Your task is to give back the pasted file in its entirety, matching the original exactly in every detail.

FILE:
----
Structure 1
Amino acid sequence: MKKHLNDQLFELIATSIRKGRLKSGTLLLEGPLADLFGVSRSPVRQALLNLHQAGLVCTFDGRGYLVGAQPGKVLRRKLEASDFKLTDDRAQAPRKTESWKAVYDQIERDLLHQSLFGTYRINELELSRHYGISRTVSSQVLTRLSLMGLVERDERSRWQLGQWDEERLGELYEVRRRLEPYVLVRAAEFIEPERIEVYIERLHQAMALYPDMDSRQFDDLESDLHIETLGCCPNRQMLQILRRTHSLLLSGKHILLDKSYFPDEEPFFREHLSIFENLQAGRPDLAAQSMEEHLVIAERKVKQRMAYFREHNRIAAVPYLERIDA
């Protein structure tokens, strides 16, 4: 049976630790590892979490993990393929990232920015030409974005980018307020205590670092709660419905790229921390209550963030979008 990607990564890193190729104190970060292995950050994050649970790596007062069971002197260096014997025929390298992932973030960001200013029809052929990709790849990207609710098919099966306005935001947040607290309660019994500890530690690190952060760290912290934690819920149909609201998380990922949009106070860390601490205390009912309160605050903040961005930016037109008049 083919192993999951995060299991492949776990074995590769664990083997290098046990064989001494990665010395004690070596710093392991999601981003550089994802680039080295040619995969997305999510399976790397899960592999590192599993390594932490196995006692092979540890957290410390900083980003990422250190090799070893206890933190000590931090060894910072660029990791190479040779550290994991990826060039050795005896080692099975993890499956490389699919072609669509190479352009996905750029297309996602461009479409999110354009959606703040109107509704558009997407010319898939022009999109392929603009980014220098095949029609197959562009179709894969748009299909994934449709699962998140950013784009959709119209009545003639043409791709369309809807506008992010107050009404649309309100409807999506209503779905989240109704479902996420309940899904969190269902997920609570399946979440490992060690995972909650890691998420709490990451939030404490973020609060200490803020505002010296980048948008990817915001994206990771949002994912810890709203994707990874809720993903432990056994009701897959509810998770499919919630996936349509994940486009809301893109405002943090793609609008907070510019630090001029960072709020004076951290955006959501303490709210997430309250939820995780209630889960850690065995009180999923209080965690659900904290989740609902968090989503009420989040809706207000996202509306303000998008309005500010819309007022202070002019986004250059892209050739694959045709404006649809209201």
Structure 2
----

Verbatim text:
Structure 1
Amino acid sequence: MKKHLNDQLFELIATSIRKGRLKSGTLLLEGPLADLFGVSRSPVRQALLNLHQAGLVCTFDGRGYLVGAQPGKVLRRKLEASDFKLTDDRAQAPRKTESWKAVYDQIERDLLHQSLFGTYRINELELSRHYGISRTVSSQVLTRLSLMGLVERDERSRWQLGQWDEERLGELYEVRRRLEPYVLVRAAEFIEPERIEVYIERLHQAMALYPDMDSRQFDDLESDLHIETLGCCPNRQMLQILRRTHSLLLSGKHILLDKSYFPDEEPFFREHLSIFENLQAGRPDLAAQSMEEHLVIAERKVKQRMAYFREHNRIAAVPYLERIDA
């Protein structure tokens, strides 16, 4: 049976630790590892979490993990393929990232920015030409974005980018307020205590670092709660419905790229921390209550963030979008 990607990564890193190729104190970060292995950050994050649970790596007062069971002197260096014997025929390298992932973030960001200013029809052929990709790849990207609710098919099966306005935001947040607290309660019994500890530690690190952060760290912290934690819920149909609201998380990922949009106070860390601490205390009912309160605050903040961005930016037109008049 083919192993999951995060299991492949776990074995590769664990083997290098046990064989001494990665010395004690070596710093392991999601981003550089994802680039080295040619995969997305999510399976790397899960592999590192599993390594932490196995006692092979540890957290410390900083980003990422250190090799070893206890933190000590931090060894910072660029990791190479040779550290994991990826060039050795005896080692099975993890499956490389699919072609669509190479352009996905750029297309996602461009479409999110354009959606703040109107509704558009997407010319898939022009999109392929603009980014220098095949029609197959562009179709894969748009299909994934449709699962998140950013784009959709119209009545003639043409791709369309809807506008992010107050009404649309309100409807999506209503779905989240109704479902996420309940899904969190269902997920609570399946979440490992060690995972909650890691998420709490990451939030404490973020609060200490803020505002010296980048948008990817915001994206990771949002994912810890709203994707990874809720993903432990056994009701897959509810998770499919919630996936349509994940486009809301893109405002943090793609609008907070510019630090001029960072709020004076951290955006959501303490709210997430309250939820995780209630889960850690065995009180999923209080965690659900904290989740609902968090989503009420989040809706207000996202509306303000998008309005500010819309007022202070002019986004250059892209050739694959045709404006649809209201």
Structure 2